It’s no secret that bullying can have lasting effects on a child’s self-confidence and overall well-being. Unfortunately, children with disabilities, especially those with communication, developmental, and social disabilities, are often targeted. Speech-Language Pathologists commonly work with these students, putting them close to the action of many forms of bullying. In this essay, Penn State professor Dr. Gordon Blood explores the various aspects of the bullying epidemic and how Speech-Language Pathologists can help to restore the balance.
“Bullying has gained national attention recently after the suicides of Phoebe Prince, a high school student from Massachusetts, and Tyler Clementi, a college student from Rutgers University. The problem may be even more widespread than people think, says Penn State professor Dr. Gordon Blood, and certain types of bullying are often misunderstood. Bullying can have lasting effects on children’s well-being and self-confidence, and, because bullying often occurs during school hours, it affects children’s learning. Bullying may be a greater problem for children with disabilities, especially those with communication, developmental, and social disabilities.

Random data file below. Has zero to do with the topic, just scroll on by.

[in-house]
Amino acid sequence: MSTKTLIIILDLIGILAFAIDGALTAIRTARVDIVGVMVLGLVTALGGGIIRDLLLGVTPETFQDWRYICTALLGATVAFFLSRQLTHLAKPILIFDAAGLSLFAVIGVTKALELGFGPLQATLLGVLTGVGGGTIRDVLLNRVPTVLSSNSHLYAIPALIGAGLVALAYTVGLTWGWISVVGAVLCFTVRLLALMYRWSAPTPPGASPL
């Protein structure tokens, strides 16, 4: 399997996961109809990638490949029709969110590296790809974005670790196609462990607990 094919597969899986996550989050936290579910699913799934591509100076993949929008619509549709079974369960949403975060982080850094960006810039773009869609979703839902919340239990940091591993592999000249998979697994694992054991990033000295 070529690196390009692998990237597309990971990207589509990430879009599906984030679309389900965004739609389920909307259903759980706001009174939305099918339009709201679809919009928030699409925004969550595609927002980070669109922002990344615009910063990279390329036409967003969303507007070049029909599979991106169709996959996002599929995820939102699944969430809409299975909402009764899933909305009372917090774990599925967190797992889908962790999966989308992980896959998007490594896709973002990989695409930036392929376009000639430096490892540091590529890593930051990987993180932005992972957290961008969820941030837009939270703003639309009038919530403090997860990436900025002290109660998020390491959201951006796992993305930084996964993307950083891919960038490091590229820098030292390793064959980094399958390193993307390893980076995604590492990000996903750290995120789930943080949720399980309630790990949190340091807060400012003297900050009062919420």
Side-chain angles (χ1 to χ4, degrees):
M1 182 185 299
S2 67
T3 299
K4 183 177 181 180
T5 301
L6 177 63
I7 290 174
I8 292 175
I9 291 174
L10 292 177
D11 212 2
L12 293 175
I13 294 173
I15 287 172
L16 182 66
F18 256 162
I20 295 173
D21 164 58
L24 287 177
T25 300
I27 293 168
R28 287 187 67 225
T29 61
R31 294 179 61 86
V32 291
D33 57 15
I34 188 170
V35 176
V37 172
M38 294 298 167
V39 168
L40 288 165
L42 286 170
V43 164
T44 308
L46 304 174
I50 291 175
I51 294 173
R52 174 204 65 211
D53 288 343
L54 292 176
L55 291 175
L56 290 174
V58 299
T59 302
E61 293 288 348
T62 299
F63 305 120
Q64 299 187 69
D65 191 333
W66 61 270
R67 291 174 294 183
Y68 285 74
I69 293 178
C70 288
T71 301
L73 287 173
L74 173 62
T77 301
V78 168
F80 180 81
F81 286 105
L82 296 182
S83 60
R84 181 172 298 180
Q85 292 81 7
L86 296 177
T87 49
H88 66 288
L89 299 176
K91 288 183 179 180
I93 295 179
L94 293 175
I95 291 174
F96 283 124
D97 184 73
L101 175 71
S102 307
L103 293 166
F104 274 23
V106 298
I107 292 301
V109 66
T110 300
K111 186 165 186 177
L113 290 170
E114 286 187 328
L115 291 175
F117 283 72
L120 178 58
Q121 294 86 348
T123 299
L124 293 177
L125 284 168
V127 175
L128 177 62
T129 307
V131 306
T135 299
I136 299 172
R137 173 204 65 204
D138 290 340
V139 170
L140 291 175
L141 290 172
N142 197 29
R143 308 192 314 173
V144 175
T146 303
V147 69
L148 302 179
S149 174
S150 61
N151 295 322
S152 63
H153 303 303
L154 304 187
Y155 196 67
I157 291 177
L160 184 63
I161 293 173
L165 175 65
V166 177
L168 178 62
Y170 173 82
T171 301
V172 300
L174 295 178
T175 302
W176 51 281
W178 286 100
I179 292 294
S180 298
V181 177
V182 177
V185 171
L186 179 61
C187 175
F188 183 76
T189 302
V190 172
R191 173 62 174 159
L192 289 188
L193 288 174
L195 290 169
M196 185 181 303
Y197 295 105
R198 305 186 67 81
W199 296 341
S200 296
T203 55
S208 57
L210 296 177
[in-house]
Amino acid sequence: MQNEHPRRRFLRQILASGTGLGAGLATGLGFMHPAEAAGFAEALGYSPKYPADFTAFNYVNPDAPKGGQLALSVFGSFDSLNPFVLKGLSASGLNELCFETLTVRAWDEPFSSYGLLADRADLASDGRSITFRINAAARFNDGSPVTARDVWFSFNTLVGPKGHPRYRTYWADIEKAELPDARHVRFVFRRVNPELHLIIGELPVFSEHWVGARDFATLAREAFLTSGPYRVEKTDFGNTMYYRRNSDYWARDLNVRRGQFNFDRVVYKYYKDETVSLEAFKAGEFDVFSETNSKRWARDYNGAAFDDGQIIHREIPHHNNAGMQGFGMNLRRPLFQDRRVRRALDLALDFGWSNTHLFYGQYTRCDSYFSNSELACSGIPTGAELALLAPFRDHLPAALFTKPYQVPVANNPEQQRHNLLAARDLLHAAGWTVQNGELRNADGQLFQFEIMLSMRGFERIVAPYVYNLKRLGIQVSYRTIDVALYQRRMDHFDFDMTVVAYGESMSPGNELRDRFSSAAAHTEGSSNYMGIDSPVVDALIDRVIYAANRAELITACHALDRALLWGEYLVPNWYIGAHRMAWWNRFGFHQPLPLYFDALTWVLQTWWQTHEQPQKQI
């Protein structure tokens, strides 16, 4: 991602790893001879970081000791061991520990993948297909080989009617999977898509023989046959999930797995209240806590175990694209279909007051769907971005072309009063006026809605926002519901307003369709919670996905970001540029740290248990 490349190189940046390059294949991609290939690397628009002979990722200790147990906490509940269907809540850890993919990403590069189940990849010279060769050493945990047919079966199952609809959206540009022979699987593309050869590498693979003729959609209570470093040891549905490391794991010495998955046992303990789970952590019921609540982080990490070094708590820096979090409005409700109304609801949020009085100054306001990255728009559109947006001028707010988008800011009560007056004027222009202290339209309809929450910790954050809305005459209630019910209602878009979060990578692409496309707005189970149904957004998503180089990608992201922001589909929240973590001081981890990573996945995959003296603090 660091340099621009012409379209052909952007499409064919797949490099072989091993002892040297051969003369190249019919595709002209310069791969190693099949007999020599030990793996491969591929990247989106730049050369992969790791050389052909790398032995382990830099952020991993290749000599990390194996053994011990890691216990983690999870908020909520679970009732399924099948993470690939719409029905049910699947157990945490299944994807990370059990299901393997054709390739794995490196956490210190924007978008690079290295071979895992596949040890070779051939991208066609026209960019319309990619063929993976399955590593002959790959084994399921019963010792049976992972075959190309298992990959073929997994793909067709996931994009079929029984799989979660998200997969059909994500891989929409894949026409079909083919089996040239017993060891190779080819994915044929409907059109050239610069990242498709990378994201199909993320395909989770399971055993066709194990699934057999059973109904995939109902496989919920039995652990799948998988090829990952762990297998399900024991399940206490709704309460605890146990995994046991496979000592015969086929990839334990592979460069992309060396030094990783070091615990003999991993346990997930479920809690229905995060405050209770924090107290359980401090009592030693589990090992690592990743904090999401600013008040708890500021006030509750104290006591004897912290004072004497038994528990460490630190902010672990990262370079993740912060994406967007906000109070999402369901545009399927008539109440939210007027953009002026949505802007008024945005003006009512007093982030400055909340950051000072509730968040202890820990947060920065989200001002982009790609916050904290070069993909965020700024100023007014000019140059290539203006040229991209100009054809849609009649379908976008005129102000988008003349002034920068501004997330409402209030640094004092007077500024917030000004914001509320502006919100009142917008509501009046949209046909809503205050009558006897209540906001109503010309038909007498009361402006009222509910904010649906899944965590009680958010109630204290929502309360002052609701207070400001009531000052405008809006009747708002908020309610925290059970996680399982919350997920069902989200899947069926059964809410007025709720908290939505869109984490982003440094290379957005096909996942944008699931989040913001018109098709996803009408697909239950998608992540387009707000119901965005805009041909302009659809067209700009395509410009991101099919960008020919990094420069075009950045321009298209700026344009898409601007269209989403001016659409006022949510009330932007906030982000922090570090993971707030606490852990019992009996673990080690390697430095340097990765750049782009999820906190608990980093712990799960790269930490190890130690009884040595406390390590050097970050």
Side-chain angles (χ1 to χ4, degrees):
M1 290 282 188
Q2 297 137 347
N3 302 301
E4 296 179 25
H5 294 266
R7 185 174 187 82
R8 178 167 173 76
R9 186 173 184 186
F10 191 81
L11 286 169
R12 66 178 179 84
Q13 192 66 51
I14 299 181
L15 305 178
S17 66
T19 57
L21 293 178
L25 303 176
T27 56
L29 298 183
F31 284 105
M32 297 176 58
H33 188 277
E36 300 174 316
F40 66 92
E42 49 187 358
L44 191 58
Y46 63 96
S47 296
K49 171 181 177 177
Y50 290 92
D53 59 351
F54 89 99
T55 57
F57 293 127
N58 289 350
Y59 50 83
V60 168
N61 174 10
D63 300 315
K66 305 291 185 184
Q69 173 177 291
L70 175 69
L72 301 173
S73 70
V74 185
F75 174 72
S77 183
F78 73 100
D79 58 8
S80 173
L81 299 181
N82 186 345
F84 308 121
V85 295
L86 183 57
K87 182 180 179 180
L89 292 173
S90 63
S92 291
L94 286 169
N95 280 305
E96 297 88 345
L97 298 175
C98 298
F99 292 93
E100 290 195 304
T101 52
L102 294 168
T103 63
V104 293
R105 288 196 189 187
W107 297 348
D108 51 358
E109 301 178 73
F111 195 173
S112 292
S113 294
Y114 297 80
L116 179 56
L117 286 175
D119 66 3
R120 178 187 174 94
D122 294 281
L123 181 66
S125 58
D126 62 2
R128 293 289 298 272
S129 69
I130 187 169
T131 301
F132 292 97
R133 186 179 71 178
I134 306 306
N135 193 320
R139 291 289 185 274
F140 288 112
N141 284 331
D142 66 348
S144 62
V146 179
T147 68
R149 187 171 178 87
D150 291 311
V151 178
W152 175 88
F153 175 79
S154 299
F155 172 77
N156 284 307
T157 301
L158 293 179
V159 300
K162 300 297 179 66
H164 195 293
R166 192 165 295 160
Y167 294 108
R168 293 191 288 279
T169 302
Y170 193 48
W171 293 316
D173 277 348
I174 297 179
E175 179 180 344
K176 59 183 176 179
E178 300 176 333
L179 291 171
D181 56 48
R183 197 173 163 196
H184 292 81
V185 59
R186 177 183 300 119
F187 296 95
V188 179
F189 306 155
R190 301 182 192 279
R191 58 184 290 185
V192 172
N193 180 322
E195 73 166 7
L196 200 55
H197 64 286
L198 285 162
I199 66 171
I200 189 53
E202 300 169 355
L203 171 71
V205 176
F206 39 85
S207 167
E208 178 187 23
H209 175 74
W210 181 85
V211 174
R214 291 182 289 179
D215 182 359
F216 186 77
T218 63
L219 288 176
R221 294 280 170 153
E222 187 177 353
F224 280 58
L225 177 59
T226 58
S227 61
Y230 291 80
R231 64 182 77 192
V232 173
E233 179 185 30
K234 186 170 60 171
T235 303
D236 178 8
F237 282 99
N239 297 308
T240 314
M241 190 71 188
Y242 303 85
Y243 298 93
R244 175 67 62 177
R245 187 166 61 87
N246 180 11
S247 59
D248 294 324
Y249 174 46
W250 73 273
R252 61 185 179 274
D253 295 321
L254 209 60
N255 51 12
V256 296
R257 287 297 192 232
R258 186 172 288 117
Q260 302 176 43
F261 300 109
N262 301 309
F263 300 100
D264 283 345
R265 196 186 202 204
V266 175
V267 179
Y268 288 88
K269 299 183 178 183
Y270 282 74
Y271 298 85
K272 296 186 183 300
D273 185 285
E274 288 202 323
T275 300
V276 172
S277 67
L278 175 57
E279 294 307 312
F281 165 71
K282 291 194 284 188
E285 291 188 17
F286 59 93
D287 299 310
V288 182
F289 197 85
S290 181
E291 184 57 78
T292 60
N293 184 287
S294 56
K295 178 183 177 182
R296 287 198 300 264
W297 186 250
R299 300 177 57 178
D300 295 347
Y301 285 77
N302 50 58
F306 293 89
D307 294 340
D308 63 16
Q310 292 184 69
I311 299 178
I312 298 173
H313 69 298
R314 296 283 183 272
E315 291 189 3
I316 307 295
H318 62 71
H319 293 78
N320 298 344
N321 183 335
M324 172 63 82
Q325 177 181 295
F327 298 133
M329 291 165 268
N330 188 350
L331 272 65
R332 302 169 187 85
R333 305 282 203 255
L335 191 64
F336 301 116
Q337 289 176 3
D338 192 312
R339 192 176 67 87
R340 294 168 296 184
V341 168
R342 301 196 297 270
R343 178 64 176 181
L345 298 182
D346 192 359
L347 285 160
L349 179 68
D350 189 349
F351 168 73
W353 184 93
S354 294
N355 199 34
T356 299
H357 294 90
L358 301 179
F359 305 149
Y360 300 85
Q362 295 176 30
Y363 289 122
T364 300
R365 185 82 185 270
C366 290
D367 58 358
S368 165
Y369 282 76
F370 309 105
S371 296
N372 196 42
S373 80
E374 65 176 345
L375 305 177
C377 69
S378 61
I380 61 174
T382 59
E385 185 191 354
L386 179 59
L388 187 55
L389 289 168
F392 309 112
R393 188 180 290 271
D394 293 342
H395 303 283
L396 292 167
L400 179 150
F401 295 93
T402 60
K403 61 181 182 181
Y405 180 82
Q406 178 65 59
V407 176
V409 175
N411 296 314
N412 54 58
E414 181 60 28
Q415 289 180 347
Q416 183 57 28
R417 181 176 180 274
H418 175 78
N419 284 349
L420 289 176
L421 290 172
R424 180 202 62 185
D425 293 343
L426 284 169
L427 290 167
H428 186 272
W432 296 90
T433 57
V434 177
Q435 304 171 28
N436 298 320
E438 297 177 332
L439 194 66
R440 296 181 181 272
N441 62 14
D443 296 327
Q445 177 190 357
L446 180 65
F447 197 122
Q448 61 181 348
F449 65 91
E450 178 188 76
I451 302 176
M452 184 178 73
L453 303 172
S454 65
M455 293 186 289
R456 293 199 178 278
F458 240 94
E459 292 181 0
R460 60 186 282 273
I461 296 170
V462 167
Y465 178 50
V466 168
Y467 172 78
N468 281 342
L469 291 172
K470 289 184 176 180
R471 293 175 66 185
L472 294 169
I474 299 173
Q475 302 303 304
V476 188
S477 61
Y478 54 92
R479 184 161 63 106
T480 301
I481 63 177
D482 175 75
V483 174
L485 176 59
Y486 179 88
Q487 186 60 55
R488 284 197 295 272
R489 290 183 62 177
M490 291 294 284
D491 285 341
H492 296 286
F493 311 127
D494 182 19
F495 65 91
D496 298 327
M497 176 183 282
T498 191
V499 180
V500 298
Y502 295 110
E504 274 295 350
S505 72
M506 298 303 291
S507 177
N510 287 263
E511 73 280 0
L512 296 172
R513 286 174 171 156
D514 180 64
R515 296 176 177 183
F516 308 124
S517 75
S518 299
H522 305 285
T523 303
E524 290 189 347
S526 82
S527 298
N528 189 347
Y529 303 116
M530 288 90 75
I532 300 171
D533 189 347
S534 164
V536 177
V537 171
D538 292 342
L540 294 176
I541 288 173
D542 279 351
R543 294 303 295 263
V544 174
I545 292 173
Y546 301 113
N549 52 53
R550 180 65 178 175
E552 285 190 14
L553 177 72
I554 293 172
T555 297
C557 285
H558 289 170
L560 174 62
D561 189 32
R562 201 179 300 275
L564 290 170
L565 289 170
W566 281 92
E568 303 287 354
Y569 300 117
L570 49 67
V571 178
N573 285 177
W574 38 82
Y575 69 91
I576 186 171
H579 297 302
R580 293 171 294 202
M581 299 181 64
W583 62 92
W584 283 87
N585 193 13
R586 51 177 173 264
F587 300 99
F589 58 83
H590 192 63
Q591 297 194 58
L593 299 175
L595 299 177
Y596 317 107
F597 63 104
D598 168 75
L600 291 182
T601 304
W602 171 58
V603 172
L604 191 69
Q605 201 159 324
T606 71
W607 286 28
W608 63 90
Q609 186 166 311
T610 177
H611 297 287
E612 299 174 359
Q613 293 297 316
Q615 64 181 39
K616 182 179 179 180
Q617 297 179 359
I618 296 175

Blood, the head of the Department of Communication Sciences and Disorders at Penn State, has been studying bullying for years, and he has a solution in mind. Speech-language pathologists (SLPs), he says, can make a difference and restore the balance of power that is disrupted in a bullying scenario.
SLPs are present in virtually every school district across the country (there are more than 140,000 registered with the American Speech-Language-Hearing Association), putting them close to the action of many forms of bullying. What’s more, many of the children SLPs commonly work with—those with communication disorders—are typical targets of bullying.”
Find out more about the bullying epidemic, and learn how you can make a difference here.